Reorienting Specialty Care

Patient-centered care has garnered attention as a way to deliver true value-based specialty care for cancer patients.

Talk of patient-centered care is widespread, often as shorthand to convey an organization’s awareness of modern healthcare initiatives. However, there are very specific elements that make up a patient-centric approach. Patients are not considered as the objects of care, but as partners in care. Their health care providers “treat patients not only from a clinical perspective, but also from an emotional, mental, spiritual, social, and financial perspective.” 1

Many elements contribute to this healthcare approach, but the most significant ones include better clinical outcomes and patient satisfaction rates by “improving the quality of the doctor-patient relationship, while at the same time decreasing the utilization of diagnostic testing, prescriptions, hospitalizations, and referrals.”2

A patient-centered approach focused on appropriate utilization that is consistent with best practices can lead to improved individual health outcomes. Additionally, providers see higher “satisfaction scores among patients and their families, an enhanced reputation among health care consumers and reduced expenses and increased financial margins throughout the continuum of care.”3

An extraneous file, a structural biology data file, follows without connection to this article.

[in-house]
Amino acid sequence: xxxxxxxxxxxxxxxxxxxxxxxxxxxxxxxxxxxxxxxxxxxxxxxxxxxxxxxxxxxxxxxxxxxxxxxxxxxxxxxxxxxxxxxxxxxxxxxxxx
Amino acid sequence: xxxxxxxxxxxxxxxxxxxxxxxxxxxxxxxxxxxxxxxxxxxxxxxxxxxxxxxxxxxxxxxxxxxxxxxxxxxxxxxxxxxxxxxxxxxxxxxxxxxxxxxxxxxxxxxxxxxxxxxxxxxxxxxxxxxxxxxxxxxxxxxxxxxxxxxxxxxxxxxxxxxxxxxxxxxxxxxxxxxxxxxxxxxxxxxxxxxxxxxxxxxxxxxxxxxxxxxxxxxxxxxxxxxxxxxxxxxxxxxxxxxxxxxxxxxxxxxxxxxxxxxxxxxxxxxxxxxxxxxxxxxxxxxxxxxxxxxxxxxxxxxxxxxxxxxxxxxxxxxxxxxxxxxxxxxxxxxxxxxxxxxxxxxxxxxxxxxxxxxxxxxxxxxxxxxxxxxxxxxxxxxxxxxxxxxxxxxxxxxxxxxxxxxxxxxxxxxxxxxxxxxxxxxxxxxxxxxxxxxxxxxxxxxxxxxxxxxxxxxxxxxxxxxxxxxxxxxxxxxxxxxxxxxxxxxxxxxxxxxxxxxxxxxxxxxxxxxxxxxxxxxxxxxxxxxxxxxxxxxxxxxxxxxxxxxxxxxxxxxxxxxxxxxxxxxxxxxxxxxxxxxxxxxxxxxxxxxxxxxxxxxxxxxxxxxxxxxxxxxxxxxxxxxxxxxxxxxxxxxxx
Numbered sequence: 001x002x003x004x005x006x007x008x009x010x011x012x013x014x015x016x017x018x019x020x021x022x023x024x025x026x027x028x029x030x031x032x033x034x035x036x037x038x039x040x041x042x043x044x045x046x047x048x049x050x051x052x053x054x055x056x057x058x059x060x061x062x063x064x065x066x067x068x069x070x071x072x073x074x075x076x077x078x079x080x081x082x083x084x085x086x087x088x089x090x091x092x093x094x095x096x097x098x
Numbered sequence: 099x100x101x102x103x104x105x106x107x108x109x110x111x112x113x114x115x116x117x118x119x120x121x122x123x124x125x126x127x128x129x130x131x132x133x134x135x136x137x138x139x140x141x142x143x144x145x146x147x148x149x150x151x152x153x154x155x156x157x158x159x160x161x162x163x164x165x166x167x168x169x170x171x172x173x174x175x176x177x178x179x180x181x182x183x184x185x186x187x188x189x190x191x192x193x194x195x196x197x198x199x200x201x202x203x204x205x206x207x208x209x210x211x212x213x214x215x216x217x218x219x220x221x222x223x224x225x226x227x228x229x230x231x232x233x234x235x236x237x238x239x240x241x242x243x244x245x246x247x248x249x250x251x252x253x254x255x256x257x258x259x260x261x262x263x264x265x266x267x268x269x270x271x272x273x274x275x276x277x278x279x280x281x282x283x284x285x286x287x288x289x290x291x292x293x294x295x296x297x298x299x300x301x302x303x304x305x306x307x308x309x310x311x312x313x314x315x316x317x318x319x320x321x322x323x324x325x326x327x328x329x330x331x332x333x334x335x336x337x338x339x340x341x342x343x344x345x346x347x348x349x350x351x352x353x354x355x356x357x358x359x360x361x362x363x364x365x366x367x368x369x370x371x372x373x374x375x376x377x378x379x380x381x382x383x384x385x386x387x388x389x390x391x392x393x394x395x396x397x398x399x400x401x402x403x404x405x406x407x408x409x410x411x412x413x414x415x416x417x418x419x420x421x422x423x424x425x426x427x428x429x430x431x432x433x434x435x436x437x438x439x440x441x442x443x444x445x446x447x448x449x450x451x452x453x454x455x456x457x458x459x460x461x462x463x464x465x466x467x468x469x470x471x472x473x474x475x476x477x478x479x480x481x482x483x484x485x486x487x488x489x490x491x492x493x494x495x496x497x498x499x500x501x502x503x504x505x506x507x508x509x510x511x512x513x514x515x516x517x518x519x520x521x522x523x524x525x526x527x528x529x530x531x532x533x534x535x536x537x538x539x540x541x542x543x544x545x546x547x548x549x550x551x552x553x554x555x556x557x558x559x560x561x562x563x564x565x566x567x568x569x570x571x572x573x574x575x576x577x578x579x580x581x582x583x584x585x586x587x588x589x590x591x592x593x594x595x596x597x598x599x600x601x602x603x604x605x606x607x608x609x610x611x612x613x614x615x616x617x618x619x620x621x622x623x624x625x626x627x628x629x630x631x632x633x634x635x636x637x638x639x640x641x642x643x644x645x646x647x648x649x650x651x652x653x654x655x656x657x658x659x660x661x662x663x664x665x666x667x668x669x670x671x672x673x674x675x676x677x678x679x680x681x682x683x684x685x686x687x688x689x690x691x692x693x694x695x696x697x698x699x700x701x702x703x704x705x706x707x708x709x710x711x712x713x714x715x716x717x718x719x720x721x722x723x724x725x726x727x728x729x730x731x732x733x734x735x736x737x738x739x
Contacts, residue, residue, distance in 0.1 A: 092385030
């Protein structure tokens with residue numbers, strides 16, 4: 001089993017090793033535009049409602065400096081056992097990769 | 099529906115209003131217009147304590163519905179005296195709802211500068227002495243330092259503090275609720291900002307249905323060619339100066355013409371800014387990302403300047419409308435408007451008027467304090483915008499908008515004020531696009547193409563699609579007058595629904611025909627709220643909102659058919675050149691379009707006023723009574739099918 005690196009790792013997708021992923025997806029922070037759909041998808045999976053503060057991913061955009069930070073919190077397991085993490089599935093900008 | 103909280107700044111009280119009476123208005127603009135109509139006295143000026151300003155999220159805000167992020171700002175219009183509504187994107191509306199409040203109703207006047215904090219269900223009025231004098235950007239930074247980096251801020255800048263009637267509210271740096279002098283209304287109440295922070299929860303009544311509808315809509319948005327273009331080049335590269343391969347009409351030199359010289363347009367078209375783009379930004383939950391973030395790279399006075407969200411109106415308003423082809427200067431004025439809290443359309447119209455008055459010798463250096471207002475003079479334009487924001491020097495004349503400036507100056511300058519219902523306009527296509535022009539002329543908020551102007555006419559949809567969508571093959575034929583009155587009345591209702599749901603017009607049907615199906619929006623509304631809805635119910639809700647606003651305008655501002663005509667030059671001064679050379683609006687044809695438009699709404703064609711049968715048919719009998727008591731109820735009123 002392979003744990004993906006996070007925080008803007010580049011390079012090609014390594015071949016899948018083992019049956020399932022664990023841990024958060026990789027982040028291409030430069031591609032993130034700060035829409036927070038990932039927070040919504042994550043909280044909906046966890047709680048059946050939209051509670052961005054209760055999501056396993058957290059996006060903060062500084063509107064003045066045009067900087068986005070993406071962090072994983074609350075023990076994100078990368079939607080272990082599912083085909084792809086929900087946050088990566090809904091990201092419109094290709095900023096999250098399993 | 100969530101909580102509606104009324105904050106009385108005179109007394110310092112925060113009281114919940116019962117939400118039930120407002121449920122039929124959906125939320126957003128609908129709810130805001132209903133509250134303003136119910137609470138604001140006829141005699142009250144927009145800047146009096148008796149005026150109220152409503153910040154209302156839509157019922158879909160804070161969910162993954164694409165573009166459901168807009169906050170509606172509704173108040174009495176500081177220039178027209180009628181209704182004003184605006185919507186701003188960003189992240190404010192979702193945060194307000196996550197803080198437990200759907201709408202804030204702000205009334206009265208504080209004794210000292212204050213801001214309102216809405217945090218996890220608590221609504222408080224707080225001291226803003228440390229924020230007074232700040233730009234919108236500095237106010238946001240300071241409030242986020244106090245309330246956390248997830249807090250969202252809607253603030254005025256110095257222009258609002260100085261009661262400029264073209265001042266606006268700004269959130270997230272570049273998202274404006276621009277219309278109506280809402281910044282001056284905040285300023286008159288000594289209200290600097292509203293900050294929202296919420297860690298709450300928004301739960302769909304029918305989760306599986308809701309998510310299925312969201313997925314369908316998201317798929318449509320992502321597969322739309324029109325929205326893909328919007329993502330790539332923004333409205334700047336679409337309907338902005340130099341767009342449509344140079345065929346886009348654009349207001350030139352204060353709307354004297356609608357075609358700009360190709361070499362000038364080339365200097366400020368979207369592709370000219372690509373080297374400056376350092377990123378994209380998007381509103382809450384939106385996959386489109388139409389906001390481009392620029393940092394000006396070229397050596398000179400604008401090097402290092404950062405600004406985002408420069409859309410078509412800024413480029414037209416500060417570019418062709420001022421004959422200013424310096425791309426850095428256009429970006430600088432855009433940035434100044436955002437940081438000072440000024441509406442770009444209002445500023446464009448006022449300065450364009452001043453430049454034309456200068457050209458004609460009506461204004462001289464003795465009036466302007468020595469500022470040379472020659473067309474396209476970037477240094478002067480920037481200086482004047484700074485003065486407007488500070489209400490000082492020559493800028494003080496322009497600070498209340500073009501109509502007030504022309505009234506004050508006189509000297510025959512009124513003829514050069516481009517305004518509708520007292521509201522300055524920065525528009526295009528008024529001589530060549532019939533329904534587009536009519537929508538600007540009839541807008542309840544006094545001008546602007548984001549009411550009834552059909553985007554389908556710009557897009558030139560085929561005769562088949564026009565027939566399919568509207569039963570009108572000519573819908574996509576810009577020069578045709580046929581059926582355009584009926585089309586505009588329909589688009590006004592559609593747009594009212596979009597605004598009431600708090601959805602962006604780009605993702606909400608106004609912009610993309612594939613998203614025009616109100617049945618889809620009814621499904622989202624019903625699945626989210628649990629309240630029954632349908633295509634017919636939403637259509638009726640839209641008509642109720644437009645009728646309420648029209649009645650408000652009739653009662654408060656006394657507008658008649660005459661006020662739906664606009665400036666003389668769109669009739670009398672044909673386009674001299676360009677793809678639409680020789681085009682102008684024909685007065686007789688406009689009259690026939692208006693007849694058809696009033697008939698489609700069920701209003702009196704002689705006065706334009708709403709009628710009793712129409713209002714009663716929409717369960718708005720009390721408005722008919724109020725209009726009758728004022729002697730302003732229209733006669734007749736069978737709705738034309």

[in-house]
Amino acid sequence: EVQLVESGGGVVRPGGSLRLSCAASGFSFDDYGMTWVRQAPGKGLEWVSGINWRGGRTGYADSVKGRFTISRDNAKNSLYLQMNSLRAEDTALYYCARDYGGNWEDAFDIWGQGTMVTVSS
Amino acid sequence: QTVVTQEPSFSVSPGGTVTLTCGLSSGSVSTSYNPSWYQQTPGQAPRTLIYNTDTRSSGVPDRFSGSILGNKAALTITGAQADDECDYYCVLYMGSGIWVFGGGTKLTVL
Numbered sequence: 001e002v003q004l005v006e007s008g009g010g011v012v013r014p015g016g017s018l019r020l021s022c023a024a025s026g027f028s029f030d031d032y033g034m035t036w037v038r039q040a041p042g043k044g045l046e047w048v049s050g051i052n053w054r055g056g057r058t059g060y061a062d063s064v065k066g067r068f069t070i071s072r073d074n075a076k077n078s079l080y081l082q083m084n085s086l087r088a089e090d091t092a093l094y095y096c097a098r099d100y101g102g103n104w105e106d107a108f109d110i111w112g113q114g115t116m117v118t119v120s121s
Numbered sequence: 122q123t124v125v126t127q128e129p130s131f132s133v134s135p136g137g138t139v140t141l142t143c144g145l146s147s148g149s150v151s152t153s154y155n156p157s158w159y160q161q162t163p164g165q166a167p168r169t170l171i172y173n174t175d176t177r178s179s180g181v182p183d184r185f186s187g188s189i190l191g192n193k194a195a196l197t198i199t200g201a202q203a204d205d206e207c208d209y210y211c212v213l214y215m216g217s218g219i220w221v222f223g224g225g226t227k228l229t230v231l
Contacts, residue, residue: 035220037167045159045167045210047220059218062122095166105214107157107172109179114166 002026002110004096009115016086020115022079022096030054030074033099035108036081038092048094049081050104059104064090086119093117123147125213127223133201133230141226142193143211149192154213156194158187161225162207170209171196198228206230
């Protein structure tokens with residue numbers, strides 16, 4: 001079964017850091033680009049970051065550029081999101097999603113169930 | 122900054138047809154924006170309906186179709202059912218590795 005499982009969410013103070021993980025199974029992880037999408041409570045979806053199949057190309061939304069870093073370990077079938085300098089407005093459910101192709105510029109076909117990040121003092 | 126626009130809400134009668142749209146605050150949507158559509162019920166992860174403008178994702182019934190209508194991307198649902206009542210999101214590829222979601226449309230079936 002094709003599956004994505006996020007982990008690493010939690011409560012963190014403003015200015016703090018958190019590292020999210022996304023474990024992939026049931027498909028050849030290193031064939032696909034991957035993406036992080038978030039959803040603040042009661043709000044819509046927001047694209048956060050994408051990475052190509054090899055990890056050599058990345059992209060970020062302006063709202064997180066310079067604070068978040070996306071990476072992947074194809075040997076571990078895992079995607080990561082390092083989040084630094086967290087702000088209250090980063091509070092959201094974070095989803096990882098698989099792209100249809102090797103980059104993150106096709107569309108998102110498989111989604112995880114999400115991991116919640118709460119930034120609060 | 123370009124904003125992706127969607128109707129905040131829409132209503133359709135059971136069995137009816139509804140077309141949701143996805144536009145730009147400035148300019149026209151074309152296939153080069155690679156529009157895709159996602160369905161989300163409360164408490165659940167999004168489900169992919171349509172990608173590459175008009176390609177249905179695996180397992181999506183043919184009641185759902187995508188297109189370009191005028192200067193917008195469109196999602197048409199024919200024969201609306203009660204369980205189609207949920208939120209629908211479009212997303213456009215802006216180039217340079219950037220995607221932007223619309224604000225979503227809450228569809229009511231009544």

As value-based care becomes the dominant model in healthcare based on its prioritization by CMS, patient-centered oncology care becomes a natural partner in this evolution.4 A key element that effectively implements this approach in a specialty care setting is the use of patient care coordinators (see side bar).Their expertise and understanding of patient-centered care can have an enormous impact not only on outcomes but all aspects of a cancer patient’s journey. 

Leveraging Patient Care Coordinators

Community oncology offices are time-challenged and can benefit from specialty services that have well-developed patient support programs. A dedicated team of Patient Care Coordinators (PCCs) who are well-versed in the breadth of these initiatives can be critical in assisting with a patient-centered care approach. These programs can cover patient navigation through ancillary services, nutritional support, symptom consulting and possible palliative/hospice alternatives, clinical trial opportunities and financial assistance from drug companies. 

Spotlight: Perspective from Network Operations

Elizabeth Brito
Manager, Network Operations, OPN

What patients programs have the most impact? 

We have a dedicated department that helps secure potential financial assistance for patients by filling out and submitting any necessary forms on their behalf. It can significantly reduce  out of pocket expenses. We also find that there is a lot of traction with our symptom tracker program that allows patients to contact a nurse 24/7, and the nutrition program sees a lot of engagement.

How is OPN’s PCC initiative unique?

We build a relationship with patients since we talk with them so often. They know someone hears them and is able to assist them with a number of challenges. Our staff provides no care, but connects patients with resources to address their needs and concerns.